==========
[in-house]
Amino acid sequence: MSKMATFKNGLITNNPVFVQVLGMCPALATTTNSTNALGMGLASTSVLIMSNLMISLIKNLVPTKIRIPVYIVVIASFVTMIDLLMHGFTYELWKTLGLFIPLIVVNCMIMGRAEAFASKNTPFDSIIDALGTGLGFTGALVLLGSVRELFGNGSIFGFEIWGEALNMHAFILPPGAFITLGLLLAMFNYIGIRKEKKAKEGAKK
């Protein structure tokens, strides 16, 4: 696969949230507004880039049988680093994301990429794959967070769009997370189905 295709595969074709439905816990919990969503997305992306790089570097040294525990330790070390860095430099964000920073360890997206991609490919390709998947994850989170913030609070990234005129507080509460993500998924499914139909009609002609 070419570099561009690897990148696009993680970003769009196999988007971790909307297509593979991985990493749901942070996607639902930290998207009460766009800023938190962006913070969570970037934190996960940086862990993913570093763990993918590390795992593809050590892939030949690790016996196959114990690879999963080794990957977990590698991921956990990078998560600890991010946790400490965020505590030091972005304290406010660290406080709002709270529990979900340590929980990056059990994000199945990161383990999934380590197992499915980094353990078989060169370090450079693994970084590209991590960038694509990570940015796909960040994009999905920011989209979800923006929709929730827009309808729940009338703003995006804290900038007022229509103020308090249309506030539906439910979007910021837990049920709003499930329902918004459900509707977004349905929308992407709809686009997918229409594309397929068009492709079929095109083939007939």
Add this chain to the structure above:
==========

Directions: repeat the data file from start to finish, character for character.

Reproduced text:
[in-house]
Amino acid sequence: MSKMATFKNGLITNNPVFVQVLGMCPALATTTNSTNALGMGLASTSVLIMSNLMISLIKNLVPTKIRIPVYIVVIASFVTMIDLLMHGFTYELWKTLGLFIPLIVVNCMIMGRAEAFASKNTPFDSIIDALGTGLGFTGALVLLGSVRELFGNGSIFGFEIWGEALNMHAFILPPGAFITLGLLLAMFNYIGIRKEKKAKEGAKK
């Protein structure tokens, strides 16, 4: 696969949230507004880039049988680093994301990429794959967070769009997370189905 295709595969074709439905816990919990969503997305992306790089570097040294525990330790070390860095430099964000920073360890997206991609490919390709998947994850989170913030609070990234005129507080509460993500998924499914139909009609002609 070419570099561009690897990148696009993680970003769009196999988007971790909307297509593979991985990493749901942070996607639902930290998207009460766009800023938190962006913070969570970037934190996960940086862990993913570093763990993918590390795992593809050590892939030949690790016996196959114990690879999963080794990957977990590698991921956990990078998560600890991010946790400490965020505590030091972005304290406010660290406080709002709270529990979900340590929980990056059990994000199945990161383990999934380590197992499915980094353990078989060169370090450079693994970084590209991590960038694509990570940015796909960040994009999905920011989209979800923006929709929730827009309808729940009338703003995006804290900038007022229509103020308090249309506030539906439910979007910021837990049920709003499930329902918004459900509707977004349905929308992407709809686009997918229409594309397929068009492709079929095109083939007939």
Add this chain to the structure above: